March 24, 2006
Not all SALADs are good for you
A growing problem in keeping patients safe from medication errors is the confusion of medications that have similar sounding or looking names. If one medication is mistaken for another with a similar name, it can result in serious injury or even death. According to the Agency for Healthcare Research and Quality, approximately 15 percent of all reported medication errors are a result of this confusion.
As part of the MGH's commitment to improve patient safety and standards of care, the Safe Administration Subcommittee (SAS), under the charge of Medication Education Safety Administration Committee (MESAC), has established a new process that will help MGHers to better identify, order, dispense and administer medications that have similar sounding or looking names.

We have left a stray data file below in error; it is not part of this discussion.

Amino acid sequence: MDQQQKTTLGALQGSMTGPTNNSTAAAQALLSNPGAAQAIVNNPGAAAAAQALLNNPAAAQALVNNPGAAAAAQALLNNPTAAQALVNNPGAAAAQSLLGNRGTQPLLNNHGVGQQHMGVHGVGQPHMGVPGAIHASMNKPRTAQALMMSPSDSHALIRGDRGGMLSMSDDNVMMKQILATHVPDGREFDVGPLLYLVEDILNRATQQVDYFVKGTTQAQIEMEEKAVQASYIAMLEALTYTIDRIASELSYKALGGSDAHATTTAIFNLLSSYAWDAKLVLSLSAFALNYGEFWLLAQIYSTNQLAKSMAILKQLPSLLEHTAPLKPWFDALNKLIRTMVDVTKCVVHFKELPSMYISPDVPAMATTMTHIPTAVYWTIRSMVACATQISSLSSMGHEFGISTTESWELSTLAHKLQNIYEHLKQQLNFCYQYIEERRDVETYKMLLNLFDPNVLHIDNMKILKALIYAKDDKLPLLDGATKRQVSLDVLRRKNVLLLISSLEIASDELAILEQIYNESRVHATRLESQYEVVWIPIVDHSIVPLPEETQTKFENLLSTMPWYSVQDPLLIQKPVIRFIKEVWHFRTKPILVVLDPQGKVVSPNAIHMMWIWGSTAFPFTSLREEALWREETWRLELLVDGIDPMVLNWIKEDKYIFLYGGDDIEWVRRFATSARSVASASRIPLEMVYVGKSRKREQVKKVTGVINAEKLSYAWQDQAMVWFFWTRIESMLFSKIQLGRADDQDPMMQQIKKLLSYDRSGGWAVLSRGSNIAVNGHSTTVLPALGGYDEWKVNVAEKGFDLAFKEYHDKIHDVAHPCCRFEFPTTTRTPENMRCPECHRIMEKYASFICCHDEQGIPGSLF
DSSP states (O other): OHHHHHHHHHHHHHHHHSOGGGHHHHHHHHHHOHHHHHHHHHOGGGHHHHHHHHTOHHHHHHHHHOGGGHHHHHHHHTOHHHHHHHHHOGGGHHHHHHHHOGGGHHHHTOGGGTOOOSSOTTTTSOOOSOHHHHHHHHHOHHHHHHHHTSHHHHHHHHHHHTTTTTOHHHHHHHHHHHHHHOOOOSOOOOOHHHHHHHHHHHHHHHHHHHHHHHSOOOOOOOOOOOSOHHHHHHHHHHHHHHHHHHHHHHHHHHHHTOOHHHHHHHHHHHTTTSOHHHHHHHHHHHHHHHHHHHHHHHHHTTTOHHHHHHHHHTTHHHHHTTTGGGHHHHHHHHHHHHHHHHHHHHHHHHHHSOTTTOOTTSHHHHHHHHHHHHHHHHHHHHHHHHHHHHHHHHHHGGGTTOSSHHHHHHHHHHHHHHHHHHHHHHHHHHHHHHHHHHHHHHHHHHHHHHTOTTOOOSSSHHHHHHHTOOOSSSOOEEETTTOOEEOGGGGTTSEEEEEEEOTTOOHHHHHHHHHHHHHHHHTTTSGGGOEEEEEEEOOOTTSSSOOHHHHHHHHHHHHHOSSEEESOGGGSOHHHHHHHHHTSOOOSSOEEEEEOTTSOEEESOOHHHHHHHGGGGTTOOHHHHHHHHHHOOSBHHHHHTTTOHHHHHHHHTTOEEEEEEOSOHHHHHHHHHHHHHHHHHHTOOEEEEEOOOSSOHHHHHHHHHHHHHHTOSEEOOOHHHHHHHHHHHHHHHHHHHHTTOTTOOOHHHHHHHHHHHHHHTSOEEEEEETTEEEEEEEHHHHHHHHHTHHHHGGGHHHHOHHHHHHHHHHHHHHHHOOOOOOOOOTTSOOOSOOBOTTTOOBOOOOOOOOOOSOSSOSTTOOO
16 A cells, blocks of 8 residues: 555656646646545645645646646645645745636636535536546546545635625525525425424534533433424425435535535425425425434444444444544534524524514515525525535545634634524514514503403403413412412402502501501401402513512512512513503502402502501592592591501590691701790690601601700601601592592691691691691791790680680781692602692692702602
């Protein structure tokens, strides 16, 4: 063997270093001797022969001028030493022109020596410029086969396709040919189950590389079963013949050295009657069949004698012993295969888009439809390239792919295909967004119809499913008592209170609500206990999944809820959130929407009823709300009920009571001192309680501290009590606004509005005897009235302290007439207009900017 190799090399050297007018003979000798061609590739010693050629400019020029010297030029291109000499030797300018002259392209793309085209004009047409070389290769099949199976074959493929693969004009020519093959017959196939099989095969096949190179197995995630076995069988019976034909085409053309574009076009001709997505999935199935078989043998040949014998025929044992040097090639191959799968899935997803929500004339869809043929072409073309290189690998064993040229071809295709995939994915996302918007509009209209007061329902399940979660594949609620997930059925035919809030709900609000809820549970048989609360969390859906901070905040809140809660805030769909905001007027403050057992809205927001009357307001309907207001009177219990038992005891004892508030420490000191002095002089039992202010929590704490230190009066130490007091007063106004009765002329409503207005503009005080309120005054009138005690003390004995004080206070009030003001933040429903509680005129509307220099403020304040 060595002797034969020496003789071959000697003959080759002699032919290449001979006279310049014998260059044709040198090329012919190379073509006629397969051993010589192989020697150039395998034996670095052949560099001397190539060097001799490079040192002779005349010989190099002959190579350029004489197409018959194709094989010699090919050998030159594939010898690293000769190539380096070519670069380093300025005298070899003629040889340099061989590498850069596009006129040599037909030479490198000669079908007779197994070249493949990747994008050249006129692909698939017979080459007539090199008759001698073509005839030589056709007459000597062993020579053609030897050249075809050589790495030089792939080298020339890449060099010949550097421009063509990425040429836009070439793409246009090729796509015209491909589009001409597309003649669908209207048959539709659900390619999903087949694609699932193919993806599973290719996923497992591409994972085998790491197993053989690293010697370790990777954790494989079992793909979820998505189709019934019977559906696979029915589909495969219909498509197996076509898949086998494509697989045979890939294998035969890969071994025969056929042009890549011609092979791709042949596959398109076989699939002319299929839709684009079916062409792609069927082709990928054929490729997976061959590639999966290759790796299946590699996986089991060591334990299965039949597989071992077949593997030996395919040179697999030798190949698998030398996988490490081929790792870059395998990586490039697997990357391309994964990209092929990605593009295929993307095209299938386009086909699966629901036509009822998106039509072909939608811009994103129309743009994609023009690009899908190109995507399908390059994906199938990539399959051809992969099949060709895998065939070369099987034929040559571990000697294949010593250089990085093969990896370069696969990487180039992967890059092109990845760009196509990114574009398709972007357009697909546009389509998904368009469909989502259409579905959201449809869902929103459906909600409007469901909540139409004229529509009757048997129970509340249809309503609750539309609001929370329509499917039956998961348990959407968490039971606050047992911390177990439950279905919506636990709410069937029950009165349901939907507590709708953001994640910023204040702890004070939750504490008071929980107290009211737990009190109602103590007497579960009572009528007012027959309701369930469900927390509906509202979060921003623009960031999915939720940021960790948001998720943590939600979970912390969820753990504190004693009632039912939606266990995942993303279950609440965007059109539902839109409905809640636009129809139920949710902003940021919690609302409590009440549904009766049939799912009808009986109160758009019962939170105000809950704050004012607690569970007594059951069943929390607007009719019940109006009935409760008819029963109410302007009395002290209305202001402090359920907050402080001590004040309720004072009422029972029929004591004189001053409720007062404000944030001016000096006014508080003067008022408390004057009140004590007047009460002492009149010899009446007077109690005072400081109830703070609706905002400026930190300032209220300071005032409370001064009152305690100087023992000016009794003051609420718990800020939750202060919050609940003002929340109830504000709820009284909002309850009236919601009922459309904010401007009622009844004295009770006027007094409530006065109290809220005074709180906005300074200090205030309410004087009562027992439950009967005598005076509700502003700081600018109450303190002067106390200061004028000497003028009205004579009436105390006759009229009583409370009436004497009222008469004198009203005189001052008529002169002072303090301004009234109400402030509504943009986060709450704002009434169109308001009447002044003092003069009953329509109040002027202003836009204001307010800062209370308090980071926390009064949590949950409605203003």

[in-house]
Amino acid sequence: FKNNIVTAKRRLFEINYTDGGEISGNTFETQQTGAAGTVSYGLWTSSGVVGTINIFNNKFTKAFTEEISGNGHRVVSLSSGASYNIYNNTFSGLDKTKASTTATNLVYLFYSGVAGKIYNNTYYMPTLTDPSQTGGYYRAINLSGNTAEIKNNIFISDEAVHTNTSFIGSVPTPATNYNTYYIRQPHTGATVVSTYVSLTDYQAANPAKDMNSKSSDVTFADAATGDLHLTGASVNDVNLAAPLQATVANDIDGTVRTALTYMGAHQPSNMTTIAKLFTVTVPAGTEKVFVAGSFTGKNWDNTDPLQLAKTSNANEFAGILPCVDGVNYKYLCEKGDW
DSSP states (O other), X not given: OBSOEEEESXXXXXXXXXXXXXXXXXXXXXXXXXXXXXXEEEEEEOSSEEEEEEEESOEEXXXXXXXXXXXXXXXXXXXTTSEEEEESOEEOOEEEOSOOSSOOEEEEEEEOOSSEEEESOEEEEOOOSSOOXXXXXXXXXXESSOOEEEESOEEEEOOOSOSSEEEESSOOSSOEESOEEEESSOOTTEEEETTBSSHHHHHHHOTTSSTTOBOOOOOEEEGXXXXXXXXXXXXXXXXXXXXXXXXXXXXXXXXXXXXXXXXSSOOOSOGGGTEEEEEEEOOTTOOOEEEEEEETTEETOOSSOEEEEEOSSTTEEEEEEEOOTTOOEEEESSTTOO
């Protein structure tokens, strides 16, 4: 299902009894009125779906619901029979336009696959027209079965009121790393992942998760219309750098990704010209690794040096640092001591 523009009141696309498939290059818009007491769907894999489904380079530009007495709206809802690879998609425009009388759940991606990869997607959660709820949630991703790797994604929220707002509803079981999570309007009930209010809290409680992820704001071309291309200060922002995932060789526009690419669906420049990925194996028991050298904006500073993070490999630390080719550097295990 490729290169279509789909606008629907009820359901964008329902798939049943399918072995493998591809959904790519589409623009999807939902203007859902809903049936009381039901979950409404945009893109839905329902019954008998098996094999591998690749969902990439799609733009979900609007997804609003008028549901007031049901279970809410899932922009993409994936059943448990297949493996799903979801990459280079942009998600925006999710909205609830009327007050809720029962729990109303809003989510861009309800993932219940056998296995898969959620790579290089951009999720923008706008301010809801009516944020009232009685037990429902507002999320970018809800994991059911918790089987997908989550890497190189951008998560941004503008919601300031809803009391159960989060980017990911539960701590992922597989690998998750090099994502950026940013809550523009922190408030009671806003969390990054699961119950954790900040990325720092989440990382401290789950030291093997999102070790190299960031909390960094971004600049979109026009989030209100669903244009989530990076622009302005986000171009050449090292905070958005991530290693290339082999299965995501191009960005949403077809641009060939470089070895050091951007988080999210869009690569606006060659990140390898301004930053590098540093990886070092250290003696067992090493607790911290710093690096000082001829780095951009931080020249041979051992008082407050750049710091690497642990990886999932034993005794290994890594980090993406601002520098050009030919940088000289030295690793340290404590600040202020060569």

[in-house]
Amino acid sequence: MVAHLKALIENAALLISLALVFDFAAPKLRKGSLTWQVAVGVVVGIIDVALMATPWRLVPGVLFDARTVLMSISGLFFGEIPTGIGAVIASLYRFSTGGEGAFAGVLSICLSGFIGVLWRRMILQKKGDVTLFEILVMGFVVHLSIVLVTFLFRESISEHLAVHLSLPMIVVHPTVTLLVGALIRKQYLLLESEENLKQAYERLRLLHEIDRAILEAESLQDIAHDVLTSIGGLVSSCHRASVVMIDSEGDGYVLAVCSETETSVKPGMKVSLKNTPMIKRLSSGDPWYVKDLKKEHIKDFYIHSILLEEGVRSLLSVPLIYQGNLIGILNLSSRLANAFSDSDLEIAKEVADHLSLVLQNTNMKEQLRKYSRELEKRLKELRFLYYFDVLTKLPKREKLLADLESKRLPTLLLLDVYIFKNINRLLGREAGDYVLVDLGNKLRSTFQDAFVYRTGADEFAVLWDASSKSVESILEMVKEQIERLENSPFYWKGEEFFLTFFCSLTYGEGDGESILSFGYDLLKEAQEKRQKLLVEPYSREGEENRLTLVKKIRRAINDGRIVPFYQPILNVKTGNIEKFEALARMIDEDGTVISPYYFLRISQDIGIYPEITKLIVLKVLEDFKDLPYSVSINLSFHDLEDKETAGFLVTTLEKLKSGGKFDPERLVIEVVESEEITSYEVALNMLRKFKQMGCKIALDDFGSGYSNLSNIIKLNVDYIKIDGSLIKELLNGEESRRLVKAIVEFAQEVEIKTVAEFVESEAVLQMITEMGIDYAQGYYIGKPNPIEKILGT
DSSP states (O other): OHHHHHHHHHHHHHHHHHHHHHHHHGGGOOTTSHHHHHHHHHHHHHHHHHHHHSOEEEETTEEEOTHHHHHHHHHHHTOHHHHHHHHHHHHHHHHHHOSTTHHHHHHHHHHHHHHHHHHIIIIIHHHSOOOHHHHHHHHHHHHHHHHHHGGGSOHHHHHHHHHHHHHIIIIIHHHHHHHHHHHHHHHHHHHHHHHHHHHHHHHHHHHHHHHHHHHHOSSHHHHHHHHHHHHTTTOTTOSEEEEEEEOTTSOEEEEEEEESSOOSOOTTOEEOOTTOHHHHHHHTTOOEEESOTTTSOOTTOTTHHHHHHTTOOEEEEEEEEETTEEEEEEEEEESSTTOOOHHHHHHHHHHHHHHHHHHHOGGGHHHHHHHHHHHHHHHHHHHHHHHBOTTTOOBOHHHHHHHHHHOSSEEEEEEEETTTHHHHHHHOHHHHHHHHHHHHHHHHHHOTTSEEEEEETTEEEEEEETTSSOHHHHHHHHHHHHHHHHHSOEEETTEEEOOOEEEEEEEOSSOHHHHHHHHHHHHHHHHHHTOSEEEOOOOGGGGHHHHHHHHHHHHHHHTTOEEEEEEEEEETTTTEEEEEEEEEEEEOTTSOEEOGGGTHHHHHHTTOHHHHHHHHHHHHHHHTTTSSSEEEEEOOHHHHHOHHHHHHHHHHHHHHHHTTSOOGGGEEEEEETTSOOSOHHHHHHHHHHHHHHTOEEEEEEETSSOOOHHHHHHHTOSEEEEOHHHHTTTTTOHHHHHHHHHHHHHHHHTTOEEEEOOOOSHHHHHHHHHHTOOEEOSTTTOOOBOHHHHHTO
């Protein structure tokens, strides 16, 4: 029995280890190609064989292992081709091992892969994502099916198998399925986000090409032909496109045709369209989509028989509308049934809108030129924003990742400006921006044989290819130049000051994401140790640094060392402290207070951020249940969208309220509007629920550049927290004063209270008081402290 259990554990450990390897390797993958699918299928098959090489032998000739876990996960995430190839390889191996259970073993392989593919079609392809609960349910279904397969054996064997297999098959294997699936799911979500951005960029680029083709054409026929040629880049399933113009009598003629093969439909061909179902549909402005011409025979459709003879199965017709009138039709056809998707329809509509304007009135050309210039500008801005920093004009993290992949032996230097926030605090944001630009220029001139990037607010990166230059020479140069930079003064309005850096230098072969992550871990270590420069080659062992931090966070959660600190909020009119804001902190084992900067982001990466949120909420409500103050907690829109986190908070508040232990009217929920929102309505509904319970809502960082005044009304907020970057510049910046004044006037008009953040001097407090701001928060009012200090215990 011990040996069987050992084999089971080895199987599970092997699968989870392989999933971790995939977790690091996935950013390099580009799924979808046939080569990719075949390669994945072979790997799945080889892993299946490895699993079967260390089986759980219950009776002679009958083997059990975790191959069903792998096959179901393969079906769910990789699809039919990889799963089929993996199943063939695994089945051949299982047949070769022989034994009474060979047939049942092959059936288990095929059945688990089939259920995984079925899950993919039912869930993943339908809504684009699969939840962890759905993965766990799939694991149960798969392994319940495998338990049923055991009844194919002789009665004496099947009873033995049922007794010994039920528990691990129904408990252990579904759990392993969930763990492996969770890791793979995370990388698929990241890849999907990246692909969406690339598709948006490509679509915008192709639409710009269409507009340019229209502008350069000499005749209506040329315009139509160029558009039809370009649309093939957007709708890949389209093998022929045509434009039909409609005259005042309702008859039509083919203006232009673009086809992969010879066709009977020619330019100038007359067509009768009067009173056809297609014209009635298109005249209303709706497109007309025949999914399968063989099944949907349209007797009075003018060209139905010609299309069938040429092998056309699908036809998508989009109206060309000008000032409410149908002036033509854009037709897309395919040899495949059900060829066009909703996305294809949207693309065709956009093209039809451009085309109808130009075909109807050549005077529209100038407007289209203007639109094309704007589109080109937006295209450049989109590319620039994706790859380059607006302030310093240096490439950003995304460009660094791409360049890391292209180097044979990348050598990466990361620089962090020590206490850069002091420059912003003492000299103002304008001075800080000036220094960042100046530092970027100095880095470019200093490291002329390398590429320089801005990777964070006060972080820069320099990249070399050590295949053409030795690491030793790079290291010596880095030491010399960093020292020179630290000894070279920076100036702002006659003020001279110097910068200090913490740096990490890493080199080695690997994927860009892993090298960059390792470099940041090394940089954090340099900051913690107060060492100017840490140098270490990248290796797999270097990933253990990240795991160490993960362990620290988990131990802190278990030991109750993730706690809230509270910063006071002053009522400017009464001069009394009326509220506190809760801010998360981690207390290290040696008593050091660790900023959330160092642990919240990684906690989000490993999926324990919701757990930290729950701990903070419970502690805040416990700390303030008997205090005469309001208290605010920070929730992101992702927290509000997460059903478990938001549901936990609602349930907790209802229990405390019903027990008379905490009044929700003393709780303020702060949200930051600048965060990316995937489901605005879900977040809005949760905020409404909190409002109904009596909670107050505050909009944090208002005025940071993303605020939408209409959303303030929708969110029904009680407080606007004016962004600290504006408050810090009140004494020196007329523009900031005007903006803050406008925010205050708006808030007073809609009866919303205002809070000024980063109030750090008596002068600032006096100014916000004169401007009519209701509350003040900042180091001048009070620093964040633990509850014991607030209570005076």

To help MGH staff keep patients safe, the following safeguards have been established:
SALAD system and its oversight by the SAS broadens previous efforts to
reduce the risk of errors at the MGH. These innovations will help the
MGH better meet National Patient Safety Goal #3 to improve the safety
of using medications and is a part of the hospital's enhanced readiness
for the upcoming survey by the Joint Commission on Accreditation of Healthcare
Organizations. Employees can find additional information about SALAD by
visiting the MESAC website at http://intranet.massgeneral.org/MESAC/.
The SALAD policy can be viewed in the online Clinical Policy and Procedure
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